Download presentation

Presentation is loading. Please wait.

Published byKaitlynn Rixon Modified about 1 year ago

1
In a previous lecture, this dictionary resulted after the first phase 1 pivot: X0 = X1 - 1 X2 + 1 X3 X4 = X1 + 3 X2 + 1 X z = X1 + 1 X2 - 1 X3 How can you solve a problem like this using your computer program? 1.What should you type in as input? 2. How should you handle the results when the program finishes? 1

2
2 If you still are having problems getting your program to work, send me for help. You will need to use it later in the term to start Programming Project #2 and to find answers to problems. Assignment #2 is now available: Due Thurs. Oct. 4 at the beginning of class. Mon. Oct. 8 is a holiday (Thanksgiving): late deadline is Tues. Oct. 9 at 3:30pm, you can slip late submissions under my office door.

3
Alan Turing Celebration Lecture Biological Evolution as a Form of Learning Leslie Valiant, CC and Applied Math., Harvard Wed. Oct 10, 3:30pm, ECS 124 CSC 445/545: This is the same time as our class and it is the class immediately before the midterm. If a vote is unanimous, we can reschedule the midterm.

4

5
Minimize 3 y y y 3 subject to 2 y y y 3 ≥ 2 4 y y y 3 ≥ y y y 3 ≥ 3 y 1, y 2, y 3 ≥0 Solution 2: Standard form. Maximize -3 y 1 -5 y 2 -2 y 3 subject to -2 y y y 3 ≤ y y y 3 ≤ 1 1 y y y 3 -3 y 1, y 2, y 3 ≥0

6
This is the convention I will use. Note that it sometimes differs from our text.

7
Matrix notation for duality: The primal: Maximize c T x subject to Ax ≤ b, x ≥ 0. The dual: Minimize b T y subject to A T y ≥ c y ≥ 0. The dual in standard form: Maximize -b T y subject to -A T y ≤ -c, y ≥ 0.

8
Question 3: Solve the primal and dual problems using the Simplex method.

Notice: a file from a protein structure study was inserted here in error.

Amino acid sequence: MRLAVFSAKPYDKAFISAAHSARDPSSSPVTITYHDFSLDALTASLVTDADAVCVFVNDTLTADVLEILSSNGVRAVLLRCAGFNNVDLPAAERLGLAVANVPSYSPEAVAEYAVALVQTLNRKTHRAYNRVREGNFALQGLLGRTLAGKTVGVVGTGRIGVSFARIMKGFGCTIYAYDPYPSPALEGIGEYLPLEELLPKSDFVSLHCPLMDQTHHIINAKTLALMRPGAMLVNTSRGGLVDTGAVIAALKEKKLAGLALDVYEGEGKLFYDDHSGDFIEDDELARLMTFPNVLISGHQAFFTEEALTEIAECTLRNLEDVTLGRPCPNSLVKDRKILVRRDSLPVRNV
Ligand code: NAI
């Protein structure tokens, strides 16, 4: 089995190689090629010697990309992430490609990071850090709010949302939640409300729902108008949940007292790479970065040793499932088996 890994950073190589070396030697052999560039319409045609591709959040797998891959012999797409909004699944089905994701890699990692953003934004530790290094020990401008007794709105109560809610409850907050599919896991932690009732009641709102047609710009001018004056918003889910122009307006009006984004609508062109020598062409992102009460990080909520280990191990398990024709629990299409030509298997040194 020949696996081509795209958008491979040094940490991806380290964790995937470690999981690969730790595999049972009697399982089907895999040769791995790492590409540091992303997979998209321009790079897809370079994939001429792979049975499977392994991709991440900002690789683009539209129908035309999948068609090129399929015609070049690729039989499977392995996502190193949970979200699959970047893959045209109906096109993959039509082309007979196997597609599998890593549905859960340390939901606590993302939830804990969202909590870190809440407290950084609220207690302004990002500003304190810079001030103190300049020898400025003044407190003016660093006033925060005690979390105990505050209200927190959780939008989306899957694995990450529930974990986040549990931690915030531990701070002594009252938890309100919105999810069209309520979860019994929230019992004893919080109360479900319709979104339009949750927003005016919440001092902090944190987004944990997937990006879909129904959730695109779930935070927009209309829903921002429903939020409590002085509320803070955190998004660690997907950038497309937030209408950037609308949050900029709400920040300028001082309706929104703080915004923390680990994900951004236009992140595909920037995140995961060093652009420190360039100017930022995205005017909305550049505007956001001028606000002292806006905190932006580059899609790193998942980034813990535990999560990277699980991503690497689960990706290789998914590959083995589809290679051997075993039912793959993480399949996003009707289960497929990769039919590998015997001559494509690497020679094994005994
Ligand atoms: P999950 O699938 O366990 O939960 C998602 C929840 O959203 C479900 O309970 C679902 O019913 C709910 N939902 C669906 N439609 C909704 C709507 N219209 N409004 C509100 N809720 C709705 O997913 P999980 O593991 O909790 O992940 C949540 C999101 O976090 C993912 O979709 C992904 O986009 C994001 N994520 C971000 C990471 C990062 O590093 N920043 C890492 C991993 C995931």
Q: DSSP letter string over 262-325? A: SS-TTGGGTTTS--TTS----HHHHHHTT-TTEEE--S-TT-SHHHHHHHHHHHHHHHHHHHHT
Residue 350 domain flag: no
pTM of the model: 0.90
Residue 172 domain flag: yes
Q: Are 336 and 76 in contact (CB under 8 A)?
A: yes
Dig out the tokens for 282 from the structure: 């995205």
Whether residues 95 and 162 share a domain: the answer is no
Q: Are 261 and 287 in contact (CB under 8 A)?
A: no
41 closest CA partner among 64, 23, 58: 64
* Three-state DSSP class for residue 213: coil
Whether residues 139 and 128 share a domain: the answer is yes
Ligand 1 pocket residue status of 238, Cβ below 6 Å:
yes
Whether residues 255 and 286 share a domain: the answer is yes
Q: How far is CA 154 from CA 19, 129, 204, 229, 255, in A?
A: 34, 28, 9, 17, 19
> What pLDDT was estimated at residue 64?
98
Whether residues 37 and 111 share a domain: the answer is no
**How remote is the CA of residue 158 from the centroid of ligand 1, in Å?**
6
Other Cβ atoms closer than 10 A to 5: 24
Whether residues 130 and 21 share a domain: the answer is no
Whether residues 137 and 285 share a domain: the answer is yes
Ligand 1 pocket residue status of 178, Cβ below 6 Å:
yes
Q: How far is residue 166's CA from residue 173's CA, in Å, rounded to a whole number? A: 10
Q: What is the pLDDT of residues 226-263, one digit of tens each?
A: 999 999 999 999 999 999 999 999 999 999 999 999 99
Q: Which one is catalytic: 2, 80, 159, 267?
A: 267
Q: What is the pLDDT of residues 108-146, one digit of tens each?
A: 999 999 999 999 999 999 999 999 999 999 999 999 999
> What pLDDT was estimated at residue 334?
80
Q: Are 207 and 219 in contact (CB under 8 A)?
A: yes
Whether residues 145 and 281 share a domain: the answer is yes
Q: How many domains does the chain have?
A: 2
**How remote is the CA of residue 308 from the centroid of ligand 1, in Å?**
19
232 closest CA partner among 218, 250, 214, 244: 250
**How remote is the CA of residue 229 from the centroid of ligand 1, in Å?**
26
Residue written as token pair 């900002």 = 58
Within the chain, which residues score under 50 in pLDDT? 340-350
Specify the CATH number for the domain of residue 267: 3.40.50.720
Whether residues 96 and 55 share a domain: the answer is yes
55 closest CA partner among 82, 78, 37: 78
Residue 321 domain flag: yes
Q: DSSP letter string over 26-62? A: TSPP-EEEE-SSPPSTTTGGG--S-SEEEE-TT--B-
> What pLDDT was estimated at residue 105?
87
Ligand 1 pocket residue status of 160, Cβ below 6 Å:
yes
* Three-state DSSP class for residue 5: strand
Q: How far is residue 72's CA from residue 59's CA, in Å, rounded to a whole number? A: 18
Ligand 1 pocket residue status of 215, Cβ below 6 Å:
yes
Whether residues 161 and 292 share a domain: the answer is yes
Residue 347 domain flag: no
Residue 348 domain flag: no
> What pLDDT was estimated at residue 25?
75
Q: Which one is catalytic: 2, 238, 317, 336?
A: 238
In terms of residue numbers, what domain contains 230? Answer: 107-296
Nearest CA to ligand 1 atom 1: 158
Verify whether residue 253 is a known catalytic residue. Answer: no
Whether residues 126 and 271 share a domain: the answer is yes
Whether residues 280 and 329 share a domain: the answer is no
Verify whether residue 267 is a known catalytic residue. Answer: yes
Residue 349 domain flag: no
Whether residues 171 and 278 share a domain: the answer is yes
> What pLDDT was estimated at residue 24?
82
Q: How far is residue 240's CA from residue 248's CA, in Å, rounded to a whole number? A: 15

9
Solution 3: Solve the primal. X4 = X1 - 4 X2 + 1 X3 X5 = X1 + 1 X2 + 0 X3 X6 = X1 - 1 X2 - 1 X z = X1 - 1 X2 + 3 X3 X3 enters. X6 leaves. z = 0 After 1 pivot: X4 = X1 - 5 X2 - 1 X6 X5 = X1 + 1 X2 + 0 X6 X3 = X1 - 1 X2 - 1 X z = X1 - 4 X2 - 3 X6 The optimal solution : 6

10
Solution 3: Solve the dual. Maximize -3 y 1 -5 y 2 -2 y 3 subject to -2 y y y 3 ≤ y y y 3 ≤ 1 1 y y y 3 -3 y 1, y 2, y 3 ≥0 Phase 1: Which variable should leave? Y4 = Y1 + 1 Y2 + 2 Y3 + 1 Y0 Y5 = Y1 - 1 Y2 + 1 Y3 + 1 Y0 Y6 = Y1 + 0 Y2 + 1 Y3 + 1 Y z = Y1 + 0 Y2 + 0 Y3 - 1 Y0

11
The initial feasible dictionary for phase 1: Y4 = Y1 + 1 Y2 + 1 Y3 + 1 Y6 Y5 = Y1 - 1 Y2 + 0 Y3 + 1 Y6 Y0 = Y1 + 0 Y2 - 1 Y3 + 1 Y z = Y1 + 0 Y2 + 1 Y3 - 1 Y6 Y3 enters. Y0 leaves. z = -3

12
After 1 pivot: Y4 = Y1 + 1 Y2 + 2 Y6 - 1 Y0 Y5 = Y1 - 1 Y2 + 1 Y6 + 0 Y0 Y3 = Y1 + 0 Y2 + 1 Y6 - 1 Y z = Y1 + 0 Y2 + 0 Y6 - 1 Y0 The optimal solution: 0 What dictionary should be used to start phase 2? The objective function: Maximize -3 y1 -5 y2 -2 y3

13
The initial dictionary: Y4 = Y1 + 1 Y2 + 2 Y6 Y5 = Y1 - 1 Y2 + 1 Y6 Y3 = Y1 + 0 Y2 + 1 Y z = Y1 - 5 Y2 - 2 Y6 The dual optimal solution: -6 The primal optimal solution: 6 Why are they not equal?

14
Question 4: Explain how to get the primal solution from the dual and the dual solution from the primal.

15
The final primal dictionary: X4 = X1 - 5 X2 - 1 X6 X5 = X1 + 1 X2 + 0 X6 X3 = X1 - 1 X2 - 1 X z = X1 - 4 X2 - 3 X6 Look at the z row of final dictionary: Y1 = -1 * (coeff. of 1st slack, X4)= 0 Y2 = -1 * (coeff. of 2nd slack, X5)= 0 Y3 = -1 * (coeff. of 3rd slack, X6)= 3

16
The final dual dictionary: Y4 = Y1 + 1 Y2 + 2 Y6 Y5 = Y1 - 1 Y2 + 1 Y6 Y3 = Y1 + 0 Y2 + 1 Y z = Y1 - 5 Y2 - 2 Y6 Look at the z row of final dictionary: X1 = -1 *(coeff. of 1st slack, Y4)= 0 X2 = -1 *(coeff. of 2nd slack, Y5)= 0 X3 = -1 *(coeff. of 3rd slack, Y6)= 2

17
PRIMAL DUAL

18
The primal solution is: (0, 0, 2) The dual solution is: (0, 0, 3) We know that both of these are optimal solutions because: 1.(0, 0, 2) is primal feasible. 2.(0, 0, 3) is dual feasible. 3. The value of the primal at (0,0,2) equals the value of the dual at (0, 0, 3) [both are equal to 6].

19
The primal: Maximize c T x subject to Ax ≤ b, x ≥ 0. The dual: Minimize b T y subject to A T y ≥ c y ≥ 0. The Duality Theorem If the primal has an optimal solution x * with z= c T x *, then the dual also has an optimal solution y *, and b T y * = c T x *.

20
A linear programming problem can have an optimal solution, or it can be infeasible or unbounded. Thought question: which combinations are possible?

Similar presentations

© 2017 SlidePlayer.com Inc.

All rights reserved.

Ads by Google